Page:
Its personal everyday usefulness certainly is.
And then Microsoft spent billions to acquire it.
Over the years I’ve built a substantial network and following on linkedin, ~11,000 followers, which acted to enable my professional career while providing a platform the share my thoughts, ideas and views extensively.
Unfortunately the quality of conversations and content has waned in recent times, it is now more spam than substance. It has been infiltrated by marketers, who utilise it as a sounding board for campaigns, recruiters, who advertise false jobs in order to drive down wages, and time wasters, exploiting the ease of connection in an attempt to offer irrelevant services.
As a platform to share thoughts and ideas it has regressed significantly. Its publishing service is absolutely terrible, which is being kind. My articles regularly received hundreds of shares, thousands of likes and tens of thousands of views and were often featured on the numerous channels offered through linkedin pulse. It’s not that my writing has deteriorated in terms of content or quality, my writing is still viewed extensively on alternative platforms and been published on INC, Forbes and the Huffington Post, it is that the discoverability of quality content just doesn’t seem to be the same anymore. There is also a question of whether the things I publish are even shared within my network anymore, which is the most disappointing thing.
And that is what linkedin has evolved to be. It has tried to become all things to all men instead of focusing on the essential ingredients that made it great. Early on I was targeted frequently and often by high quality potential jobs. Now all I seem to elicit are offers out with my area of expertise, away from my geographic location which any decent recruiter would know would not appeal to my sensibilities. high quality recruiters offering
That is why it appears that a number of the specialty features LinkedIn excelled at are migrating to exciting new startups. Companies like Hired.com are far more appealing from a candidates perspective for jobs that linkedin ever was. Medium and Quora are far more effective at distributing your thoughts, ideas and expertise. Emails are still a far more personal way to make a connection, as opposed to the disposable nature of connecting on a platform which is waning in popularity and influence.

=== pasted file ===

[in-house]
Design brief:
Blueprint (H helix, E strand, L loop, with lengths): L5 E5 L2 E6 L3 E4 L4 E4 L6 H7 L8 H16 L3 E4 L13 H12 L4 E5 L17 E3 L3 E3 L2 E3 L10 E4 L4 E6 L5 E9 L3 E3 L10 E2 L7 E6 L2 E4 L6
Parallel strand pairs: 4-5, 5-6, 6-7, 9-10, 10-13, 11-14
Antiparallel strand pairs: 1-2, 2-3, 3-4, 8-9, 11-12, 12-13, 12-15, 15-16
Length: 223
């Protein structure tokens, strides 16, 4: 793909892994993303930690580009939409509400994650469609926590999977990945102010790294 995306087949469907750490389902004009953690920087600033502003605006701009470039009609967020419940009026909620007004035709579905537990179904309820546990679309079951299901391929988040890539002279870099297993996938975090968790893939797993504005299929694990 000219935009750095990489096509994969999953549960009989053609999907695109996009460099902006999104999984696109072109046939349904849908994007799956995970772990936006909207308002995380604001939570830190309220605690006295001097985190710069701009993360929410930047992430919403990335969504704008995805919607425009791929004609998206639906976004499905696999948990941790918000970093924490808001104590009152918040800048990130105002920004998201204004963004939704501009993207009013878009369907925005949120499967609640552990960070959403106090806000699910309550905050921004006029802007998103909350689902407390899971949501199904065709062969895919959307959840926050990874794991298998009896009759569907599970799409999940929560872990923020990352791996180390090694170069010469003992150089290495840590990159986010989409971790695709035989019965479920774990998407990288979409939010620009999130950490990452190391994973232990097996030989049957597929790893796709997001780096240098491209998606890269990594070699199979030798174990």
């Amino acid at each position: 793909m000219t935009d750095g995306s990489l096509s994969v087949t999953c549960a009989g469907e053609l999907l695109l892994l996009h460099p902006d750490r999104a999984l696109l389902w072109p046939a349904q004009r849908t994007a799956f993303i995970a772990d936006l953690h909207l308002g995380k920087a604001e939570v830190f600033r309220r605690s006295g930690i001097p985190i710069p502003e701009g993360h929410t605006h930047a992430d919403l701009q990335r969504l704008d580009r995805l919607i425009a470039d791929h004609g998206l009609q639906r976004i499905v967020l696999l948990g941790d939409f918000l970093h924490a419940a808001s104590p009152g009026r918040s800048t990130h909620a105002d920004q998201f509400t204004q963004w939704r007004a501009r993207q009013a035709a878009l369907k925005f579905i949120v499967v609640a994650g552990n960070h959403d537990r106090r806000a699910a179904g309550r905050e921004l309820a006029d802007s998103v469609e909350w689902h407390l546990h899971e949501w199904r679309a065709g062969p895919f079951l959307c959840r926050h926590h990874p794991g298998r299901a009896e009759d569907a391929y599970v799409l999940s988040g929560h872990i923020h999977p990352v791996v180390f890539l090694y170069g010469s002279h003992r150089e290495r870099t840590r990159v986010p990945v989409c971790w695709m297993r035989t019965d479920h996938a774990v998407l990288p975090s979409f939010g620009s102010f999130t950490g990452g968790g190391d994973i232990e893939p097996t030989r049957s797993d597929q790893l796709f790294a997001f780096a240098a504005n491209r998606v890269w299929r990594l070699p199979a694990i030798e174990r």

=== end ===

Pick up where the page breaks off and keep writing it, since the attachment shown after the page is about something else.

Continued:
As a service I just don’t think it justifies the premium feature any longer. What are you actually paying for, a few inMails a month or the ability to search more extensively? It seems like awful value proposition.
But as a research tool is now incredible, which is what I feel most people miss. It may not offer the same benefits or positive outcomes it did previously but it has evolved to become even more ubiquitous. In many it’s value ways it becoming a far more effective and essential tool as its popularity diminishes.
Everyone is on Linkedin even if they don’t use it. It enables you to identify career trajectories based on the historical precedent of those people you seek to emulate. It lets you understand the experience necessary to go about changing your career path. As a resource for quantitatively making a career or education decision it is literally unmatched and in my mind unsurpassable. If you aren’t using it for this purpose you are missing something.
Reid and Jeff are incredible people, my admiration for what they have built is substantial, and I fully believe they will figure it out, contingent on a lack of interference from Microsoft.
There are many ways they could breathe new life into the platform:
1. Succession Planning: Enable a business to business service aggregating LI’s abundance of data to make recommendations for succession planning and routes of progression for staff. At large companies leaving. LinkedIn has a unique opportunity to distil the information it is afforded by deconstructing the ascension of business leaders and matching it with personnel who could be moulded for a similar rise. LI could identify the skills and training missing from candidates resume and proceed to organise the requisite training. That roles out the Alliance, talked about frequently by Reid, to external business.promoted it is often difficult to recognise and promote the right talent which often leads to staff who should
2. Training: It is currently missing a trick in regards to the provision of training. More than any other platform in the world it is aware which skills are required for which jobs. Enable a reverse search, i.e. I want X job so I need Y experience, Z skills and A/B/C training. LinkedIn could provide a metasearch option, like skyscanner for training, where the right training options are offered at the most affordable prices. Obviously LinkedIn has the Lynda service, which is great, but this doesn’t address the requirement for certificated qualifications.
3. Company Pages: They are awful. Allow companies to upload media rich materials in order to attract customers. LinkedIn has excelled in cultivating a network which enriched the life of the professional. So far it has failed to birth a similar revolution in relation to how companies reach potential clients and customers.
4. Influencers: Enable a mechanism for recommendation, particularly for niche markets, of individuals who provide valuable insight. This will enable LinkedIn to follow future trends before they explode.
Those not busy being born are busy dying. LinkedIn desperately needs to find potential for new life.
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